TORONTO (AP) -As much as he enjoys fatherhood and retirement, Mark Messier suspects he'll hear that call again, and the game will beckon.
"Hockey is what I know best," he said.
Precisely when the six-time Stanley Cup champion and 15-time all-star will be back with the sport he loves is unclear.
"I'm not actively pursuing a position at this particular time," he said during a conference call Wednesday. "But at some point I think it would be gratifying to be part of a championship team in a different position."
Messier left hockey three years ago. He is 46 and now lives in South Carolina, a long way from his Edmonton roots. Family and charity work have allowed for time well spent.
"My two beautiful children have been my focus since retiring," he said. "Being a dad, that's been the best part of retirement."
Messier is preparing for his induction into the Hockey Hall of Fame in Toronto on Monday along with Scott Stevens, Ron Francis, Al MacInnis and Jim Gregory.
He was recognized during his playing days as one of the game's great leaders. He amassed 1,887 points, trailing only former teammate and good friend Wayne Gretzky in the NHL record book. He is seventh in career goals with 694.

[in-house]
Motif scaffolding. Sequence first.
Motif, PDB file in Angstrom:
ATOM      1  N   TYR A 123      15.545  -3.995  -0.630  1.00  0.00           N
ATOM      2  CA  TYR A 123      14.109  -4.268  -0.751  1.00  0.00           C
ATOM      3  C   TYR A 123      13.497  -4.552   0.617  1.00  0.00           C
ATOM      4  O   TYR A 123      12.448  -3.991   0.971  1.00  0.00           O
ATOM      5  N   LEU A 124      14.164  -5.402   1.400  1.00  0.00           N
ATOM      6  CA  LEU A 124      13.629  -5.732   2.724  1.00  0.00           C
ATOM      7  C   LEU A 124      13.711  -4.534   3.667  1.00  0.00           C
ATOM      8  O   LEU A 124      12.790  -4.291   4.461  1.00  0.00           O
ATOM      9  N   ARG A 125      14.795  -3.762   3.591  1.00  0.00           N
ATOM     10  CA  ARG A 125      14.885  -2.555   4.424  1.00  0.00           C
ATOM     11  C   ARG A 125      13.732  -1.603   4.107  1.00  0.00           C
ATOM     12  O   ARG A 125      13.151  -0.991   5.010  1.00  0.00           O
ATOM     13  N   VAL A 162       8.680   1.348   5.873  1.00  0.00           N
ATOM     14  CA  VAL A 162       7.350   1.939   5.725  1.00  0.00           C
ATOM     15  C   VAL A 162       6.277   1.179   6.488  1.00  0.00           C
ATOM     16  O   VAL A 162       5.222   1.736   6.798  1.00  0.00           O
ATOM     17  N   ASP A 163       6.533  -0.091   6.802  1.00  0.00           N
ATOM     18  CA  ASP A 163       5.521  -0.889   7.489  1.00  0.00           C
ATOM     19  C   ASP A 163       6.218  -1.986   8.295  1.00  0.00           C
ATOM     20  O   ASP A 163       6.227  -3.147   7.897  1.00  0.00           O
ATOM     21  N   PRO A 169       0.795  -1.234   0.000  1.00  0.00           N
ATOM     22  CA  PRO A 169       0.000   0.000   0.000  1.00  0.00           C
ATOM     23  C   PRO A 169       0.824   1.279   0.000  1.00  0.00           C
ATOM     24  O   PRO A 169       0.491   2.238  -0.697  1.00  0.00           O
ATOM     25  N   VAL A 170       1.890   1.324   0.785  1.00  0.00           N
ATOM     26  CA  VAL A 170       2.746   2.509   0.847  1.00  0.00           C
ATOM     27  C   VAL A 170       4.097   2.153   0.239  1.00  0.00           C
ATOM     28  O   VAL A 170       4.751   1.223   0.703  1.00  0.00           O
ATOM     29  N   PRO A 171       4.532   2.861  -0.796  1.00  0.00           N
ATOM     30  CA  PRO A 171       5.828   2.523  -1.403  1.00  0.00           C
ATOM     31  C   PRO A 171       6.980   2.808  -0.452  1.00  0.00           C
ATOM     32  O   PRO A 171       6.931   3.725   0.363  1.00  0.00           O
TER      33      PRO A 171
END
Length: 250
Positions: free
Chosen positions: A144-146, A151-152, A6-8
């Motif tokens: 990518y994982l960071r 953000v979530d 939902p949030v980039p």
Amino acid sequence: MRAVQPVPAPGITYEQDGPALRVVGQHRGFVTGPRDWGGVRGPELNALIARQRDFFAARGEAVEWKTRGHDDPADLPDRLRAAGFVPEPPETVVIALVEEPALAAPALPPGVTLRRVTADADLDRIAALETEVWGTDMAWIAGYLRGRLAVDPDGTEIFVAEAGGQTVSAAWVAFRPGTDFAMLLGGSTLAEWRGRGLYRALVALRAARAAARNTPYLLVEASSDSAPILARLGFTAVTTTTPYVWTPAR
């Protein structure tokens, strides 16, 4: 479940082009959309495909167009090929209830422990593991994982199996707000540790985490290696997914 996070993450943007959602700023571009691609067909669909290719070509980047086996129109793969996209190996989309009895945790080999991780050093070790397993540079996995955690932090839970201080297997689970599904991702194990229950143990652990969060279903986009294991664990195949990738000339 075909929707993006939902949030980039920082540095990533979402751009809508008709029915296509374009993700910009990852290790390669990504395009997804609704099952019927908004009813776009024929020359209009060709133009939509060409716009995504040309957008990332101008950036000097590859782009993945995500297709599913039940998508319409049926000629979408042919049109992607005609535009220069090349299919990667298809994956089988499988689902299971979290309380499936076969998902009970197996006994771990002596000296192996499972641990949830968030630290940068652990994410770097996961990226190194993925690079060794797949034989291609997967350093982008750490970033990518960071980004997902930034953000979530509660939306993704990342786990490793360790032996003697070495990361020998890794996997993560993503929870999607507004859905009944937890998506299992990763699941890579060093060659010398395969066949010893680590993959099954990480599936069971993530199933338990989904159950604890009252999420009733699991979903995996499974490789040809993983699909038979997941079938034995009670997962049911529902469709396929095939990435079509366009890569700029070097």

Messier was the first player to captain two teams, the Edmonton Oilers and the New York Rangers, to NHL championships. He twice was the regular-season MVP and was playoff MVP in 1984 when the Oilers won the first of their five championships.
"I've always felt leaders are made and not born," he said. "I was very fortunate to have a father who played hockey and understood hockey.
"As you go through your career you realize that you're really at the mercy of the people around you when you play a team sport and I was fortunate to be around tremendous people. Through that, you gain experience. You're faced with making decisions. Sometimes you make the wrong decisions but, hopefully, you learn from them."
Messier, Stevens, MacInnis and Francis will skate in an old-timers game Sunday at Air Canada Centre.
"This whole weekend will be one of reflection on how fortunate I was to have people supporting me throughout my career," Messier said.
The fifth title in Edmonton was tempered by the absence of Gretzky, who had been traded to Los Angeles after the fourth.
"I never felt vindicated that we won without Wayne," Messier said. "If anything, I felt sad he wasn't there to share it with us after what we went through winning the first four."
The 1994 triumph with the Rangers, ending a 54-year title drought, was similar to the first celebration with the Oilers.
"There was just sheer jubilation and satisfaction for both of those cups," he said.
Messier played in the NHL for 25 years and needed surgery only once, a minor shoulder procedure late in his career.
" I was fortunate to walk away from the game incredibly healthy," he said. "Knock on wood."